Insight Technology appears to be the first case to attempt to reconcile Georgia’s existing case law declining to recognize a cause of action for aiding and abetting a breach of fiduciary duty, with other decisions supporting a cause of action for “procuring” certain torts. The decision is clearly important in any litigation challenging the actions of secondary actors in the corporate management context, including attorneys, accountants and other professionals. The impact of the ruling, however, may be lessened somewhat by the high standards of proof required to prevail on a claim for aiding and abetting a breach of fiduciary duty. The defendant’s state of mind and the role the defendant played in causing the breach of fiduciary duty to occur are especially difficult to prove.

B. Holder Claims

Holder claims are simply claims of fraudulent misrepresentation and suppression, which base the element of reliance on a plaintiff’s fraudulently induced forbearance or inaction. In Argentum International, LLC v. Woods, 280 Ga. App. 440 (2006), the Court of Appeals recognized the validity of a plaintiff’s holder claim, i.e., a claim by an investor that he was fraudulently induced to retain an investment.3 The Argentum case involved claims for fraud brought by equity investors and debenture holders who purchased securities in a company whose major asset was a patent. The business plan, upon which the plaintiffs made their decision to invest, indicated that the company owned the patent. Unknown to the investors, however, the patent was subsequently transferred to another entity.

The Argentum court held that the investors had presented evidence establishing that they “were fraudulently induced into making and keeping their investments.” In other words, an investor induced to hold securities because of the defendant’s fraudulent misrepresentations may recover the losses caused by that fraud. 4

The affidavits of former Georgia Supreme Court Chief Justice Norman Fletcher (Attachment A) and University of Georgia Law School Professor Thomas Eaton (Attachment B) state that Georgia recognizes the validity of holders claims and that a common law fraud claim may be based on intentional misrepresentations that induce a person to refrain from acting (such as refraining from selling securities).

C. Common Law Claims for Securities Law Violations

In Douglas v. Bigley, 278 Ga. App. 117 (2006), the Georgia Court of Appeals held that, in the context of a fiduciary relationship, the defendant’s failure to register securities under Georgia’s securities laws could support the plaintiff’s claims for breach of fiduciary duty and fraud.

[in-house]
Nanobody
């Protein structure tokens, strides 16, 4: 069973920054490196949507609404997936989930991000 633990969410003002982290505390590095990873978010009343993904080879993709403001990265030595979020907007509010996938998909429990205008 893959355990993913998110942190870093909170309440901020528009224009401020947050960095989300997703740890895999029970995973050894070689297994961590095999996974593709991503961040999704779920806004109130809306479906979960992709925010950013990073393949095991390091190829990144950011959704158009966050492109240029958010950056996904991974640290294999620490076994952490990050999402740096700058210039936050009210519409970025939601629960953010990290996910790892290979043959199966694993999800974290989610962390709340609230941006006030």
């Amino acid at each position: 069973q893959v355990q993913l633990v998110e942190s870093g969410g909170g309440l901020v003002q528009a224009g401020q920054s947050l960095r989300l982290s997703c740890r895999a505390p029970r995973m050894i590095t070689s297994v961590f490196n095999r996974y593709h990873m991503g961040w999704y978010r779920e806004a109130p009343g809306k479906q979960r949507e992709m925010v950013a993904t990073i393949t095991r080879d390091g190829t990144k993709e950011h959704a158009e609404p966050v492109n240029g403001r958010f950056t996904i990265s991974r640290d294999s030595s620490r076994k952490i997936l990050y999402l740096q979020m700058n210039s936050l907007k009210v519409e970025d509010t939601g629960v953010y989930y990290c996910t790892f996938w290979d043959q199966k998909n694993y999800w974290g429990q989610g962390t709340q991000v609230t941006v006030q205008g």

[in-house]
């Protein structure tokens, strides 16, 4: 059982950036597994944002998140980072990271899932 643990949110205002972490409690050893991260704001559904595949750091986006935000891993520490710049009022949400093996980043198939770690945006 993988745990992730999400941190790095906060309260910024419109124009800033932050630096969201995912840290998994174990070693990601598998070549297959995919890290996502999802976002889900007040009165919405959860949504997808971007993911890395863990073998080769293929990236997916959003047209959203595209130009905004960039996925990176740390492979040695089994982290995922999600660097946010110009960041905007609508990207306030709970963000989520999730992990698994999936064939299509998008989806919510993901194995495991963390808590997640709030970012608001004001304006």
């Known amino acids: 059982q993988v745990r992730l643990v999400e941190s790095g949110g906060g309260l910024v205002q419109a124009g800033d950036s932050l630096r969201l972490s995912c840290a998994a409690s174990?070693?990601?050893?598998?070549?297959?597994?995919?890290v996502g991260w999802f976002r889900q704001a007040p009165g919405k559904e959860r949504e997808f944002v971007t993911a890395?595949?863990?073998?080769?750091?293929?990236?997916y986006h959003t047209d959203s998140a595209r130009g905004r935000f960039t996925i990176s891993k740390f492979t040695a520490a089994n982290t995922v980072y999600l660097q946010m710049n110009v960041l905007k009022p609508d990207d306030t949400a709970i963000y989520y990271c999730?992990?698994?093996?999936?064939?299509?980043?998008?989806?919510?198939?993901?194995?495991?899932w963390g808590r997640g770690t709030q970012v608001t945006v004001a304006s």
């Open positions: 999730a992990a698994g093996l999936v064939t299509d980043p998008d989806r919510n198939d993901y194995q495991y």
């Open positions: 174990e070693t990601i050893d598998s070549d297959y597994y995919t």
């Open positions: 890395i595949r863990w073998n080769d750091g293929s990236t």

The Court also found, however, that despite the violations of the securities laws and other laws, the contracts were neither illegal nor unenforceable and, as such, were not subject to rescission. In rejecting the contract argument, the Court relied on the fact that the securities could have been sold legally had they been registered and the failure to register could have been remedied. “The alleged illegalities . . . were incidental to the purpose of the investment contracts; those contracts did not require a securities violation.” 278 Ga. App. at 124 (emphasis in original).


1 To date, it appears that only Judge Cote’s decision in In Re WorldCom, Inc. Securities Litigation (Holmes), 456 F. Supp.2d 508 (S.D.N.Y. 2006) — pending on appeal before the Second Circuit — requires an allegation that the stock price declined when the misrepresentation was revealed to the market. In Holmes, the plaintiff alleged that his loss resulted from a misrepresentation as to the brokerage firm’s assessment of the risk of an investment. There was no allegation that the misrepresentation artificially inflated the stock price.

2 O.C.G.A. S 51-12-30 provides: “In all cases, a person who maliciously procures an injury to be done to another, whether an actionable wrong or a breach of contract, is a joint wrongdoer and may be subject to an action either alone or jointly with he person who actually committed the injury.”

3 The holding in Argentum is directly at odds with Judge Cote’s decision in Holmes, in which the Court opined that Georgia law would not allow recompense to a defrauded securities holder. In Holmes, Judge Cote mistakenly states that under Georgia law a plaintiff who claims his brokerage firm falsely misrepresented its assessment of the risk of an investment to him, and makes no claim that the misrepresentation artificially inflated the stock price, must nonetheless allege that the stock price declined when the misrepresentation was revealed to the market.

4 The case is also significant because earlier in 2006 the U.S. Supreme Court in Merrill Lynch, Pierce, Fenner & Smith, Inc. v. Dabit, 547 U.S. 71 (2006), determined that class actions asserting holding claims under state law are preempted by the Securities Litigation Uniform Standards Act of 1998 (“SLUSA”). Individual holding claims or claims not involving publicly-traded securities, however, are not preempted under SLUSA.